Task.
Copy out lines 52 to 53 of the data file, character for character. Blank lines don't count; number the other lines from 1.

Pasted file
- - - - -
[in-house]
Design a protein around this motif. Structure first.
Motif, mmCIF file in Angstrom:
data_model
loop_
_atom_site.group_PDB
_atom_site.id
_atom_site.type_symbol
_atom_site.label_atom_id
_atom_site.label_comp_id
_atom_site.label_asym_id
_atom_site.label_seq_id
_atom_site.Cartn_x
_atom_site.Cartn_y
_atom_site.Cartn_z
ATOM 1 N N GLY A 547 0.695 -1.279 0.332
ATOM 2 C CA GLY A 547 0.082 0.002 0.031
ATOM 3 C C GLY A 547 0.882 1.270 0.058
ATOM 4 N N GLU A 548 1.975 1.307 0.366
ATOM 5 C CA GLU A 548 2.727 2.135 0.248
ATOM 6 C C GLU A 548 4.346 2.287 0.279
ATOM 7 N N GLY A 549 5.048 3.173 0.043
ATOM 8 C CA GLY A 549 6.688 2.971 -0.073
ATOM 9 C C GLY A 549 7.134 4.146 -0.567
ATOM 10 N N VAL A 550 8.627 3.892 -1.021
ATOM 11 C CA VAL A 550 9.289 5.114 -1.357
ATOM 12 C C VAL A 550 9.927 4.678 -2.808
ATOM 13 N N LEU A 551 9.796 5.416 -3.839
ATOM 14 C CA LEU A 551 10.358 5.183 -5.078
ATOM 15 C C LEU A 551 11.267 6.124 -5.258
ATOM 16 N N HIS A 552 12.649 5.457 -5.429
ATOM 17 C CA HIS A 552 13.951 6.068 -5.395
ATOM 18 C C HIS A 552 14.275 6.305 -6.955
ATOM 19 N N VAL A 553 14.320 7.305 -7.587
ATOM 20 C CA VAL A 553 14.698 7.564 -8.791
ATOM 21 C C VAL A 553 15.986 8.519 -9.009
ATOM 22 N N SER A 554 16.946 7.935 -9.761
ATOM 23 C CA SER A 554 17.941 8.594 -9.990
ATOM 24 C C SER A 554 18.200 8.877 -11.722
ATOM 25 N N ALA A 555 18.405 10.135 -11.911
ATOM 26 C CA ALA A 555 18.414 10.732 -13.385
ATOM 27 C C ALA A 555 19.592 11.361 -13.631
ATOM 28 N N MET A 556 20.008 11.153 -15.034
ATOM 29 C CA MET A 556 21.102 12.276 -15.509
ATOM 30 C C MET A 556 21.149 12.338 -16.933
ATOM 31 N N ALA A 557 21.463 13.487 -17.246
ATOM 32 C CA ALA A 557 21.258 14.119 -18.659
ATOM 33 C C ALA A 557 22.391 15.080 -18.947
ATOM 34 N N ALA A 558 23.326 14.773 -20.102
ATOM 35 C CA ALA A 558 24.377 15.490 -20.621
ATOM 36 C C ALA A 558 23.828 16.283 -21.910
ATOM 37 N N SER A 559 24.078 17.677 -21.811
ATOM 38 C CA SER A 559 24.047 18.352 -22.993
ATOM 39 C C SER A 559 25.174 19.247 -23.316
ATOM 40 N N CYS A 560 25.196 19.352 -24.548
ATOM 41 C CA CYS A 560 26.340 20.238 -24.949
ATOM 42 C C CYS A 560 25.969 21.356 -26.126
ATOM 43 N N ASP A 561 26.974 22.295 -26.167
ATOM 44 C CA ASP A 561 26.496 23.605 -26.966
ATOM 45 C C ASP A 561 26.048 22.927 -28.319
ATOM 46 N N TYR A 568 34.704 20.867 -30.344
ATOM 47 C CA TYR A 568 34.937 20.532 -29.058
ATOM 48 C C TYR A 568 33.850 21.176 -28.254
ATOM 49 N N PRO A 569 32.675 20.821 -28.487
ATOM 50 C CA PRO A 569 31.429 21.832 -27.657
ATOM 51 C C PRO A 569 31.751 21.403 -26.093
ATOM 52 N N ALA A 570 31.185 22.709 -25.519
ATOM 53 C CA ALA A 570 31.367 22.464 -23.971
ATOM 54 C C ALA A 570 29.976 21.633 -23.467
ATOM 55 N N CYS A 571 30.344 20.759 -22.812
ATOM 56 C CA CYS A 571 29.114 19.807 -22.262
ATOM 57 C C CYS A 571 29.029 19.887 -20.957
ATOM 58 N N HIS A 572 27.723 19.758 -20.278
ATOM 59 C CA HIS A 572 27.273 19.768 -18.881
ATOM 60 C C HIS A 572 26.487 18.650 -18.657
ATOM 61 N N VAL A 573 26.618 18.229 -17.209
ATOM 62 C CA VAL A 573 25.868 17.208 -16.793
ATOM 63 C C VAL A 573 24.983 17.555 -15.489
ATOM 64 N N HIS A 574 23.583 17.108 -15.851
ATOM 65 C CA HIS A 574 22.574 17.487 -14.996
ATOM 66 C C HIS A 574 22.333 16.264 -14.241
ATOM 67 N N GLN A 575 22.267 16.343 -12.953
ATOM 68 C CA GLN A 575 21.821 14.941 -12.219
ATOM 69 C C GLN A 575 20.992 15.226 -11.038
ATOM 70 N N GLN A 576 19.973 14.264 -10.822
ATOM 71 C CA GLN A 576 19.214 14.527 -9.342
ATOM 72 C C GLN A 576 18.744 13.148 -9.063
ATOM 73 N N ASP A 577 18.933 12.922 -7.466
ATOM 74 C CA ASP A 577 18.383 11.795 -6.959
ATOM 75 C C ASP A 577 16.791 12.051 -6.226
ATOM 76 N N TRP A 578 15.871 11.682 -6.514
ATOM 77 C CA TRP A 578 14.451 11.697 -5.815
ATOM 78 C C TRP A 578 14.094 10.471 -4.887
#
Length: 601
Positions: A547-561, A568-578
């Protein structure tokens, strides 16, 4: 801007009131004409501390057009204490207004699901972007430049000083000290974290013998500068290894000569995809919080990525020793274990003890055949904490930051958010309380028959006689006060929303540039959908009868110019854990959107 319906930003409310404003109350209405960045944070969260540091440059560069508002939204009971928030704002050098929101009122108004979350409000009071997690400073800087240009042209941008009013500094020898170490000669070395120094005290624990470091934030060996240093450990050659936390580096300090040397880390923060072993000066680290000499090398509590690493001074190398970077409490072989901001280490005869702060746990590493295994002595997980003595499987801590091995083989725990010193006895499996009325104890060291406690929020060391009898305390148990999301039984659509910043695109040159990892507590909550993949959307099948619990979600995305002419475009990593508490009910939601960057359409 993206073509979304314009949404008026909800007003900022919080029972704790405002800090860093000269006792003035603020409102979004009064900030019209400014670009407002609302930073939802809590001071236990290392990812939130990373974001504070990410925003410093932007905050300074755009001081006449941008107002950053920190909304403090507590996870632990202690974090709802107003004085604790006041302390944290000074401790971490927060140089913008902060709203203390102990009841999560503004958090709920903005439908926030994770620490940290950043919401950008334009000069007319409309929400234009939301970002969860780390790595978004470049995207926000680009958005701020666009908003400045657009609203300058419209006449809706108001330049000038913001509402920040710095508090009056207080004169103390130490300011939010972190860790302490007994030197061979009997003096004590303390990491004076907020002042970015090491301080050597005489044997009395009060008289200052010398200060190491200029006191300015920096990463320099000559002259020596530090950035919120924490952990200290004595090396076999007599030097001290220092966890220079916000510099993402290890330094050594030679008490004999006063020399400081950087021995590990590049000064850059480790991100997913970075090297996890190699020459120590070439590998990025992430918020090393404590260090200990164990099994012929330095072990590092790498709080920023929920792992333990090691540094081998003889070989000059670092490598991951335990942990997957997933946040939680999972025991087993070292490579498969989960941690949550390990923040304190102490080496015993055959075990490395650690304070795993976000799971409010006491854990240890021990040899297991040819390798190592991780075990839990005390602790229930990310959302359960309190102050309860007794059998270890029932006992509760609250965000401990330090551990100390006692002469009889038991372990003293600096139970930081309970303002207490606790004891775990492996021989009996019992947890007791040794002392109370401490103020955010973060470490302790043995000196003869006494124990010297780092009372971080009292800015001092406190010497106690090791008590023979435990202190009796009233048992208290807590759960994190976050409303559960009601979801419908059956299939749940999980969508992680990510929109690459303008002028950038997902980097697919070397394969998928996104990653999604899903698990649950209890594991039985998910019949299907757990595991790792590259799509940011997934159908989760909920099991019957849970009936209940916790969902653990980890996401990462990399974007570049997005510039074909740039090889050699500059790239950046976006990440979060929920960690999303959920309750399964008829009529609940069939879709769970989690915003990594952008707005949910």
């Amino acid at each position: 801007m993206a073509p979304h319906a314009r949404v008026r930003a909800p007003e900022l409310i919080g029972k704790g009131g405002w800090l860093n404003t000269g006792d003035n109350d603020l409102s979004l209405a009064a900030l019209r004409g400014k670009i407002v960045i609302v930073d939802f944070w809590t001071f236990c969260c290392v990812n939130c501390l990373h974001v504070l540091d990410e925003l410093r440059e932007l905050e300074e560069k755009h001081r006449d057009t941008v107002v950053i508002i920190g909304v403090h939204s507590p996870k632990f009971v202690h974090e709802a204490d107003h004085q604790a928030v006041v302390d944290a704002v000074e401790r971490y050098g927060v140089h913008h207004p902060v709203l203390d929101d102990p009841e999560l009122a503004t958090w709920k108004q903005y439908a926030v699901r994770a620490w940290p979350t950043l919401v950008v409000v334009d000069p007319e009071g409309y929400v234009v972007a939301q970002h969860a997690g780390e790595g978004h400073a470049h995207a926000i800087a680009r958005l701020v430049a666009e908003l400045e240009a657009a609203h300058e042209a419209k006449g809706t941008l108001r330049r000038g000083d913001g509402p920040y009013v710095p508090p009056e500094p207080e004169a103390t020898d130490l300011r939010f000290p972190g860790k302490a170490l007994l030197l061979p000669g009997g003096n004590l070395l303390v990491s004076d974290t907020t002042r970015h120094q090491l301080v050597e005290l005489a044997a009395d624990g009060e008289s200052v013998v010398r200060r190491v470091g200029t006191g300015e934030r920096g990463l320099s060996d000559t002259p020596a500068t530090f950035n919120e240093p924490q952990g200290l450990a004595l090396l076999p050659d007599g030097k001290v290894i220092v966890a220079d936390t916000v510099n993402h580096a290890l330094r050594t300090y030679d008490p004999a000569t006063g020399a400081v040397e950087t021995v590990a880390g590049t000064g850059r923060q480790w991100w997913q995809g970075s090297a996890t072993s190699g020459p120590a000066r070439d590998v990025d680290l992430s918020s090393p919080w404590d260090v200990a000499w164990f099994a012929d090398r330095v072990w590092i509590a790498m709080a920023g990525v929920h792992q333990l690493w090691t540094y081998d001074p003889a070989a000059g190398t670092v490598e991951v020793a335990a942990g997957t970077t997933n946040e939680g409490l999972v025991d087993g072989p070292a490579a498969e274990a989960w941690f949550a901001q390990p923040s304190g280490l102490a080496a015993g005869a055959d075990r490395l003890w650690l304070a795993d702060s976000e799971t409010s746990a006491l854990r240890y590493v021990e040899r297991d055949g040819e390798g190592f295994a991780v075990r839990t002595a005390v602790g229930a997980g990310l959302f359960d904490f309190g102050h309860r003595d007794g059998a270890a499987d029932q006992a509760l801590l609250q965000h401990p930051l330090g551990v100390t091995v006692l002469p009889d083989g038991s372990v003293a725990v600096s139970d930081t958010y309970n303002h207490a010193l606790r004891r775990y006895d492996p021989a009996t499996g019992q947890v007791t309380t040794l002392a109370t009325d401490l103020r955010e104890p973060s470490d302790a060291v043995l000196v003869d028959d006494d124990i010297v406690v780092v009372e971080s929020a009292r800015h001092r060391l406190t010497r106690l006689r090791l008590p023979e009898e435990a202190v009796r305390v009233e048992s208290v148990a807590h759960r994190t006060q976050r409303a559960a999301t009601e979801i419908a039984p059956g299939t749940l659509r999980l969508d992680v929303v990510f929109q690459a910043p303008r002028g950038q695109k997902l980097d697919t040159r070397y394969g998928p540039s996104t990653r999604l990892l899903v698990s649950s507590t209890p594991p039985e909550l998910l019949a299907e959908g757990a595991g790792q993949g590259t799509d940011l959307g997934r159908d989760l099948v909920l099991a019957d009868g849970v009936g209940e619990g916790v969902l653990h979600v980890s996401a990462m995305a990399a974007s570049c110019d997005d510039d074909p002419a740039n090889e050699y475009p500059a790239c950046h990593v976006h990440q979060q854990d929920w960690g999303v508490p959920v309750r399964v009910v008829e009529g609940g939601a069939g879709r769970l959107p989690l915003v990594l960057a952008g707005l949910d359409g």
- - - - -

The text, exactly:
ATOM 37 N N SER A 559 24.078 17.677 -21.811
ATOM 38 C CA SER A 559 24.047 18.352 -22.993